The only entry in the ship’s log between 07:40 and 10:00 is “Sloppy as all hell. Going backwards?”.

By ten o’clock it was clear that at 25 miles offshore we were far too deep into the East Australian Current. We were travelling at 7 knots, but only making 3 over ground. The wind was a reasonable 15 knots and the swell a mere 1 metre of nothing, but the night had taken it’s toll and we plotted a course for Port Macquarie and an overnight anchorage. Under un-reefed main alone we put the now SE swell behind us, which was much more comfortable except for the odd roller that tried to climb up into the sugar scoop.


We didn’t much like the look of the description of the bar at Port Macquarie, and we’d be unlikely to be crossing it in daylight, so we looked for another option. We consulted Lucas, the definitive cruising guide for the NSW coast, and saw that he recommended an anchorage called Camden Haven, which was a bit closer and was described as having lead lights that were ‘obvious from deep water’. Lead lights are land-based markers that, when aligned, point to safe passage through a shoal or reef. As we emerged from the East Australian Current our speed over ground was picking up, and we could arrive well before sundown. We set course for Point Perpendicular beneath Brother Mountain, which was in fact already visible on the horizon, albeit twenty miles away.


We arrived at the bar with plenty of time to spare before dark, but unfortunately just before low tide, so we hove to and waited for the water to get a bit deeper. While we were waiting, we cruised up and down to see if we could get the lay of the land and locate the lead lights.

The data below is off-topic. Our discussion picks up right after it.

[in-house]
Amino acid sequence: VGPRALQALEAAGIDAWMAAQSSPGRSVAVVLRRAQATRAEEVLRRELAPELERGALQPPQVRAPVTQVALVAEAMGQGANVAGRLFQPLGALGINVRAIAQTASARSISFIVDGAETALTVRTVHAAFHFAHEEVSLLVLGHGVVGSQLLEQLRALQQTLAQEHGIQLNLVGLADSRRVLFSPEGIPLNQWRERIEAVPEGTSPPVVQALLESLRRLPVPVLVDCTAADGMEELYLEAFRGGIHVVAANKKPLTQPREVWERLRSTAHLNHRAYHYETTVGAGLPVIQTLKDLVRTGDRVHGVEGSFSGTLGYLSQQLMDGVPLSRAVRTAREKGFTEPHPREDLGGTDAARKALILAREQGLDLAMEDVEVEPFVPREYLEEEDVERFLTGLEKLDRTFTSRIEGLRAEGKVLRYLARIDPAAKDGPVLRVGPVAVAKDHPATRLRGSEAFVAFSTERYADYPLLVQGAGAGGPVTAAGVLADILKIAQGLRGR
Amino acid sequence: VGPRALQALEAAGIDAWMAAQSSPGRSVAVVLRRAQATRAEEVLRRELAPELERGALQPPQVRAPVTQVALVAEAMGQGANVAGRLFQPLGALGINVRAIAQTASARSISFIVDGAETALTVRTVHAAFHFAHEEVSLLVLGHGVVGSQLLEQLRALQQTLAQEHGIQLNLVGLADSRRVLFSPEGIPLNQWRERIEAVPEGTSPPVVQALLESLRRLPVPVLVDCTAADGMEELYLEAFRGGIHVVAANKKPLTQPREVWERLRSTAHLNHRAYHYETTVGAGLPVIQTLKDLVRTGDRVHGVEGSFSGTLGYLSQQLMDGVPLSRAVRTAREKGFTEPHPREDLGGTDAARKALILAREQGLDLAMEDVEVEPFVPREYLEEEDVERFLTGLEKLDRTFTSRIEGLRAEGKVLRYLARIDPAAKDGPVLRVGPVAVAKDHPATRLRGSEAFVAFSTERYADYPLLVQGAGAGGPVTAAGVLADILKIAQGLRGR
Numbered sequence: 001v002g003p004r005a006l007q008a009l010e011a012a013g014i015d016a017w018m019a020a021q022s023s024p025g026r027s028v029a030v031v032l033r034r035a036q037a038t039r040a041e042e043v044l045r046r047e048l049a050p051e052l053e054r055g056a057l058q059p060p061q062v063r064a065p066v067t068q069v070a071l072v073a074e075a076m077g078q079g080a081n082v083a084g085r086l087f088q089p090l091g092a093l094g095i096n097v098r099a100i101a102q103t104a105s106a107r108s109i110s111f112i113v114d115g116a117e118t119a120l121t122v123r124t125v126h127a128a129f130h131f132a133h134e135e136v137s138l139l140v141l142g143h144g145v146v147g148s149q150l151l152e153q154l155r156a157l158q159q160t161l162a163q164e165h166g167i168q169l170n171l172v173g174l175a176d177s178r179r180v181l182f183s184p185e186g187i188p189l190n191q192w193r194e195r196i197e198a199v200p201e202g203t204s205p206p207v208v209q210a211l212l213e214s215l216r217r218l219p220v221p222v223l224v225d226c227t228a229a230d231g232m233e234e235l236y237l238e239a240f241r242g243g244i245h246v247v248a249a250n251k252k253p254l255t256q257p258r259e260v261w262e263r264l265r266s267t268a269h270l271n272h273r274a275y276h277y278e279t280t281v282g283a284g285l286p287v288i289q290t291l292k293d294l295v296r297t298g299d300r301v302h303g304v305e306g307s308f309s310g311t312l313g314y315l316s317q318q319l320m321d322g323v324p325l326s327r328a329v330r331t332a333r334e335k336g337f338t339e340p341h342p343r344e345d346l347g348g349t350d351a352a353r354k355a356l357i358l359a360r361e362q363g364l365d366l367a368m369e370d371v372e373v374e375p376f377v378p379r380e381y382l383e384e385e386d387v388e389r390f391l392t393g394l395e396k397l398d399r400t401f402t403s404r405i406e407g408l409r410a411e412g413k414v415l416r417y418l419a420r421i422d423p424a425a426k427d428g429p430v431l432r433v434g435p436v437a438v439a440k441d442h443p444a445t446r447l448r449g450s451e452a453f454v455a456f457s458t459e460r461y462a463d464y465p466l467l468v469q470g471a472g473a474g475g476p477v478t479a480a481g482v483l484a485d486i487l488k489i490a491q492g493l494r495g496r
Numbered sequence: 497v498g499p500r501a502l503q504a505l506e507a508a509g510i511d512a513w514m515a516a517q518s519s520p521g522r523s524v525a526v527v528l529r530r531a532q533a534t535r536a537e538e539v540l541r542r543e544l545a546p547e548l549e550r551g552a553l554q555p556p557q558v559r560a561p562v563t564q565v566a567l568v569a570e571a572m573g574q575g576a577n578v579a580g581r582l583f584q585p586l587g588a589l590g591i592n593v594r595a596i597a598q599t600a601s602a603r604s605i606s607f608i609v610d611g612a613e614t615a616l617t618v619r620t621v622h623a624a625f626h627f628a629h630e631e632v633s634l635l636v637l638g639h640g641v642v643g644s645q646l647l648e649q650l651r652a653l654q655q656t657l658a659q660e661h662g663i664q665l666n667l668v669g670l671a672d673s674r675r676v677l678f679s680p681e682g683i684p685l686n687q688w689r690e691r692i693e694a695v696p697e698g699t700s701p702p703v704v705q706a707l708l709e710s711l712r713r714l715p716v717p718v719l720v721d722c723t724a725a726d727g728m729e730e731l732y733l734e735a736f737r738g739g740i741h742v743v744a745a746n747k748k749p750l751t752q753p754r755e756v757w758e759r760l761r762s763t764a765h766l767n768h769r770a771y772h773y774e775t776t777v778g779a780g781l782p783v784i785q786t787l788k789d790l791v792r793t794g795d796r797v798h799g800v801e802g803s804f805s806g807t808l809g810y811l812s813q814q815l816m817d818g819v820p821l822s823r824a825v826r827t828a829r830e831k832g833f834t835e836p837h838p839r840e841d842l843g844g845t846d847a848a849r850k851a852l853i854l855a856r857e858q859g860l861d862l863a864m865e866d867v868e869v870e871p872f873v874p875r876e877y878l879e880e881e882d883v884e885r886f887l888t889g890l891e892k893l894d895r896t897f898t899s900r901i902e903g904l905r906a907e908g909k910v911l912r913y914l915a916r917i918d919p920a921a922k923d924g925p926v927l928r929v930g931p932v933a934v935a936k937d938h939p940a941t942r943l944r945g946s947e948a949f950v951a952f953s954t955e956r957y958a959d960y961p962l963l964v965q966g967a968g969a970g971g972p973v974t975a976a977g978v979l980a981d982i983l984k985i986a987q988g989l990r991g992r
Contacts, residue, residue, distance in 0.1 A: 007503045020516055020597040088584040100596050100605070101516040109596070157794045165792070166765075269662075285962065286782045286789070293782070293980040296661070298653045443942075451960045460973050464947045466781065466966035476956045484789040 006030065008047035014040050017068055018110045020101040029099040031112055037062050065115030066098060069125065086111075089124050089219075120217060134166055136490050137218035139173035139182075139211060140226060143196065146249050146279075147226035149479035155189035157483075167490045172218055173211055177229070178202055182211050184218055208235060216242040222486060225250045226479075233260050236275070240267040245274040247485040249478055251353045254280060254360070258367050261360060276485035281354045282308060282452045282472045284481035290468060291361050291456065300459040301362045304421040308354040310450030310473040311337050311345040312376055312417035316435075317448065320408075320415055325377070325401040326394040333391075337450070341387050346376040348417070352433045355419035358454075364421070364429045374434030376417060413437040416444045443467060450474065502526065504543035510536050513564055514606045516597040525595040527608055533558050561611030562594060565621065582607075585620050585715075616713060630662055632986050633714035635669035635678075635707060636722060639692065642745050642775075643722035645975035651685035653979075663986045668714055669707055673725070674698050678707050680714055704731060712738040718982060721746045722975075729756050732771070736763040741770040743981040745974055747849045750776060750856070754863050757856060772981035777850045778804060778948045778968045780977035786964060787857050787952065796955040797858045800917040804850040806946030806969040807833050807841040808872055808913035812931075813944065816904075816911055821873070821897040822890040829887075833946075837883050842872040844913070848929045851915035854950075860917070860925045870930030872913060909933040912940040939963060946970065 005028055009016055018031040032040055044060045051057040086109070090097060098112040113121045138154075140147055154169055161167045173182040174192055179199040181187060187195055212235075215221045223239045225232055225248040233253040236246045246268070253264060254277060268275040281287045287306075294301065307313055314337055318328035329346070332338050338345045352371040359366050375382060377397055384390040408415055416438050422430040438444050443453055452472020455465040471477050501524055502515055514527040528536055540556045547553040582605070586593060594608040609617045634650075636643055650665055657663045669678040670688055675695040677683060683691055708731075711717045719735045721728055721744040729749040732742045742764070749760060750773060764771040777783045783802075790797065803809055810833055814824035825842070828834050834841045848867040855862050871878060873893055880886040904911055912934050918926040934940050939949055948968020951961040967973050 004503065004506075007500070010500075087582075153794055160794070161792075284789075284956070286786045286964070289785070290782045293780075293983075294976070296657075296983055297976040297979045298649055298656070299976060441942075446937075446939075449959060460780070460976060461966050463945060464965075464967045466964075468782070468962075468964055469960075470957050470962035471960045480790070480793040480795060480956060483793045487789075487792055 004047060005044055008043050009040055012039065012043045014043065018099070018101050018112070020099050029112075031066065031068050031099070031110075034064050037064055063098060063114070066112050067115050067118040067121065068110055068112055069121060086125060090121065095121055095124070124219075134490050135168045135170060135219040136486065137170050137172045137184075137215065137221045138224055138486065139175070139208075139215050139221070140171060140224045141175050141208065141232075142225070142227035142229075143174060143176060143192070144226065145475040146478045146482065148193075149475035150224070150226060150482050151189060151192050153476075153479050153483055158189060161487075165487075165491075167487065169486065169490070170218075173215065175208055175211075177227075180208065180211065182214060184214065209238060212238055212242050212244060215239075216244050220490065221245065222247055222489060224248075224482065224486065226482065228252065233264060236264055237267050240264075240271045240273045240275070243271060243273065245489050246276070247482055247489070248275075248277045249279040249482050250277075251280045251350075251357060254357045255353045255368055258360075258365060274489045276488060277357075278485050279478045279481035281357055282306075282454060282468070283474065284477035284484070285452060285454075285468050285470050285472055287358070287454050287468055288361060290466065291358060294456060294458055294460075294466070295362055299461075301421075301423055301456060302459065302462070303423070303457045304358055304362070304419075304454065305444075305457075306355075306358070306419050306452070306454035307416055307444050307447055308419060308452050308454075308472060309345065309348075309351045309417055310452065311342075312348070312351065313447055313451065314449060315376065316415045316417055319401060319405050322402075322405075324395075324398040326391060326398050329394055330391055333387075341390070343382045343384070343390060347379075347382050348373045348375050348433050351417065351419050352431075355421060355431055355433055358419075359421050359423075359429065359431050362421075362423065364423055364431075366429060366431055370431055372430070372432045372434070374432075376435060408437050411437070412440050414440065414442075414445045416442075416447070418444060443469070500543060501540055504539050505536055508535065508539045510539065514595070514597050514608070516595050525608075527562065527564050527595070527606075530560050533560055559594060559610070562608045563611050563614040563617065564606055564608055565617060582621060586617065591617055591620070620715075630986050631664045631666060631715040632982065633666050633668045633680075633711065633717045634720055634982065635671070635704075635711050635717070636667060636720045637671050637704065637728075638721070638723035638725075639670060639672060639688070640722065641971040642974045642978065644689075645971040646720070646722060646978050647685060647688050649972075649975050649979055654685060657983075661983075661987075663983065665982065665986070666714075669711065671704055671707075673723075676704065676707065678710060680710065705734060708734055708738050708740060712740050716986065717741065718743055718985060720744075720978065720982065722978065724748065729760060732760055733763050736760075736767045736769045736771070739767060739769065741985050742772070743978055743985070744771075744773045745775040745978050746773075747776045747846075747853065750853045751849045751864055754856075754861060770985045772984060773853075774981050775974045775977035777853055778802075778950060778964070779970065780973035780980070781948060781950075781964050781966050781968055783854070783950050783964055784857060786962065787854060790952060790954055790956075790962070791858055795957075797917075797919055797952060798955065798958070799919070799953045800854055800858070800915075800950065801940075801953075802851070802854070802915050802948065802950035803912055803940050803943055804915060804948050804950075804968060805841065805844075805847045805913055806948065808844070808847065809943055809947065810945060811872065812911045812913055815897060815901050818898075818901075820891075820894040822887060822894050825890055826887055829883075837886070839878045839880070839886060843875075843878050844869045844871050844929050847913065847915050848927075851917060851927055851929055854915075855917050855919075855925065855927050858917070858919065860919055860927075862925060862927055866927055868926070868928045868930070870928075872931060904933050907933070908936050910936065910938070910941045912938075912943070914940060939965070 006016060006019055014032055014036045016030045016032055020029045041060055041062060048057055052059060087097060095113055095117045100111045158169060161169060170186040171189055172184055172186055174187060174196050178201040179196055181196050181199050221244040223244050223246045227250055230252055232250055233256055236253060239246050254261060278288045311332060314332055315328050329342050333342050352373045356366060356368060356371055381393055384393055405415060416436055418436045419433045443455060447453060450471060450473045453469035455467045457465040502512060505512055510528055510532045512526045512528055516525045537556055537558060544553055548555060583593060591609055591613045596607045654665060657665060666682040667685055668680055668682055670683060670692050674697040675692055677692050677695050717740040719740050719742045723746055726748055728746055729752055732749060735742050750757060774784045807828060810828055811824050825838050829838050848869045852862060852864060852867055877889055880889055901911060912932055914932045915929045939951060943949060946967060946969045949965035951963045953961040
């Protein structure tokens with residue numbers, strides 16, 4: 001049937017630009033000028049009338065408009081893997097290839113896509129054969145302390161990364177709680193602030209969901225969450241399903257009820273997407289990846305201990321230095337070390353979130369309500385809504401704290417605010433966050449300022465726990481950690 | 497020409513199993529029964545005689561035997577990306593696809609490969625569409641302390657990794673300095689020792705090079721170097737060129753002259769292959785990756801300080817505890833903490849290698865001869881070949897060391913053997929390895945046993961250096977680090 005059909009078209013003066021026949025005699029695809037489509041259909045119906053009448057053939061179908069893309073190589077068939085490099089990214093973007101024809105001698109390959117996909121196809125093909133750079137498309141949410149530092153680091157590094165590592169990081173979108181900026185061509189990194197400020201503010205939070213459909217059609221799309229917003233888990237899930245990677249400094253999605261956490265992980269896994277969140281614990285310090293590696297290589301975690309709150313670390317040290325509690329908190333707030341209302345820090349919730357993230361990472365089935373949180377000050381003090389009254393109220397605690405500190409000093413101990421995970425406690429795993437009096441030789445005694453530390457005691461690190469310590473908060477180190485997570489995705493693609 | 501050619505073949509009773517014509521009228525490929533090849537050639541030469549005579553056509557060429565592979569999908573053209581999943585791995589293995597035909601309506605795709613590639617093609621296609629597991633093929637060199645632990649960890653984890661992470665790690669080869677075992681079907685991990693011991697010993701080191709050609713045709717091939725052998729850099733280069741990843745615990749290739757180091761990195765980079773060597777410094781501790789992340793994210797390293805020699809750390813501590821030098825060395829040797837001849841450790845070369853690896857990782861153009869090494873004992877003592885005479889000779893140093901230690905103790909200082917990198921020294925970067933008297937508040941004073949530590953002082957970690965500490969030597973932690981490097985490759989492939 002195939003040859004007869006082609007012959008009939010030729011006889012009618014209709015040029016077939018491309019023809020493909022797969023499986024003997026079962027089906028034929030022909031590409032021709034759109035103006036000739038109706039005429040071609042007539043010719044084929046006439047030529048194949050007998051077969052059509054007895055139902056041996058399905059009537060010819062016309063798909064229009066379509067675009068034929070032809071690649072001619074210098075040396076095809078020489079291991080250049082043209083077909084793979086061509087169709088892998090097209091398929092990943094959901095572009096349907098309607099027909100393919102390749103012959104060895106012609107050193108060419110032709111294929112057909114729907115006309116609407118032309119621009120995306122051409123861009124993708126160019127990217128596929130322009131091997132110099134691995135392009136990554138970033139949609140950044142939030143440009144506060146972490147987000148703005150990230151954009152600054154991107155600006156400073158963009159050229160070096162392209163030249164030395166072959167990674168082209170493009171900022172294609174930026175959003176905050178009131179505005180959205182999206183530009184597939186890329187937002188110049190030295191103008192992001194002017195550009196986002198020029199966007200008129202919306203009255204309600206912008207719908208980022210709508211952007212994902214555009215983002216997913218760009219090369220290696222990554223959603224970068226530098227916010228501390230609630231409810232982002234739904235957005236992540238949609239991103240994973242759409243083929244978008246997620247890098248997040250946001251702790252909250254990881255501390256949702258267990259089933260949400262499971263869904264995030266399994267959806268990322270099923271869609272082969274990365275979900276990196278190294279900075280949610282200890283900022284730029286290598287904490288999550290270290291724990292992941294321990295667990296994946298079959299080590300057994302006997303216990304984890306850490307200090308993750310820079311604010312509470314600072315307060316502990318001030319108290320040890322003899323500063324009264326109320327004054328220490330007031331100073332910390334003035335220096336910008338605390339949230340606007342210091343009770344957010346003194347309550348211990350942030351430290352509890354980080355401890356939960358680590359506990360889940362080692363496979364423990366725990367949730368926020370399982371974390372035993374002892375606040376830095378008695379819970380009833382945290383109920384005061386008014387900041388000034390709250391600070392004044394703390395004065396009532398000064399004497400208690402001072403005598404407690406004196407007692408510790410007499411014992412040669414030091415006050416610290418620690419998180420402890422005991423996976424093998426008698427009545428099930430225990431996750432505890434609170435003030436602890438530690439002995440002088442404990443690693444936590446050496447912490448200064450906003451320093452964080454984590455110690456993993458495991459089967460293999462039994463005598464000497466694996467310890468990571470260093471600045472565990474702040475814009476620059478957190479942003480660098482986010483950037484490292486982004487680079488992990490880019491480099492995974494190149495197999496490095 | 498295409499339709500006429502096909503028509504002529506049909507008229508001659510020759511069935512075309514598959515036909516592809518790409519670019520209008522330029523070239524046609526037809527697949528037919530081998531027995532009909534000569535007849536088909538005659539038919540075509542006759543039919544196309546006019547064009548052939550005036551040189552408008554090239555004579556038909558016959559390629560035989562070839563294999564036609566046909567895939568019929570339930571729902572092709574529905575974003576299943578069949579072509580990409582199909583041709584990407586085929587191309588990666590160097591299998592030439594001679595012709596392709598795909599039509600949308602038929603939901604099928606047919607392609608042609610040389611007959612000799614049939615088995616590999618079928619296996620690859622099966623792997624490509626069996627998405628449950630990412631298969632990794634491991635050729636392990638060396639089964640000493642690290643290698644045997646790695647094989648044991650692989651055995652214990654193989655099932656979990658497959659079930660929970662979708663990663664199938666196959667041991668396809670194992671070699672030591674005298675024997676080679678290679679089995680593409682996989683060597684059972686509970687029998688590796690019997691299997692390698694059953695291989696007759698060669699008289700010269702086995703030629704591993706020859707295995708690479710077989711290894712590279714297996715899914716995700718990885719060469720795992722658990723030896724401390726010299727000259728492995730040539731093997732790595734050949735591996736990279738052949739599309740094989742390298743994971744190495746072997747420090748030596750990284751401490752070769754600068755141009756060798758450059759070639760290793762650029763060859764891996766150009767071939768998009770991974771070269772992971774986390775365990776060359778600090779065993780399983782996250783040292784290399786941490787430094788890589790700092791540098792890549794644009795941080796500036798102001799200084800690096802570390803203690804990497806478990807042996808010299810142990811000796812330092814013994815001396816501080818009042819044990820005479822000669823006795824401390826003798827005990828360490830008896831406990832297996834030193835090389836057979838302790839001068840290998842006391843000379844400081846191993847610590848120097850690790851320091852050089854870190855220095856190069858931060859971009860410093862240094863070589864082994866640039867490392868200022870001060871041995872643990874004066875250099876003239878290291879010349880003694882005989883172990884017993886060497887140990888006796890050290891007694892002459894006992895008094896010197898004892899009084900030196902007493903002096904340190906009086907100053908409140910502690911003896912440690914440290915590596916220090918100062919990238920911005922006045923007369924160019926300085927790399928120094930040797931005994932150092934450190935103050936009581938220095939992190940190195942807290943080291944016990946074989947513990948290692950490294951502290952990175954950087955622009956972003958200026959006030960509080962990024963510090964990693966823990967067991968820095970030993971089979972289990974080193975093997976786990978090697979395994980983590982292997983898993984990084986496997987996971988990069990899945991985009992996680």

Obvious from deep water, my foot! We easily located the causeway on which the markers were built, but even through binoculars it was clear that the area was littered with structures of various shapes and sizes, and completely unclear which of these were the ones that we needed to line up to get our safe passage. We experimented with a few combinations, but they all seemed to either take us through the solid harbour wall or across the obvious breaking shoal. All the structures were the same colour as the background, and all were obscured by the haze of the setting sun. We went back out to sea and waited for sunset, when hopefully the “real” markers would light up blue and show us the way.


Meanwhile we’d been watching the bar itself, which to our dismay was regularly obscured by huge green rollers with foaming caps. Obviously low tide was not a great time to pass.

Two hours past low tide, at half past six in the evening, the setting sun went behind a cloud and we could suddenly see the correct markers, which were in fact none of the ones that we had considered earlier. This was much better than waiting for them to light up and having to navigate the channel in the dark, so we started the engine (which didn’t smoke at all. Maybe it had just been clearing its throat after weeks of inactivity) and lined them up.

We’d noticed that the big rollers were coming in in twos, so we waited for two to explode over the bar and then powered ahead of the next pair. I surfed half the way on the first one, then picked up the second, dropping off the top just shy of the bar itself as the top started to curl. The wave hit the shoal just in front of us, and as it did, a whole pod of dolphins exploded out of it. They’d clearly joined us for the ride, and were going back to catch the next one. I couldn’t stop to play, though, and dropped through and into the channel, powering up to escape the next roller, and then throttling back to nothing as we came to the shallows. We were through.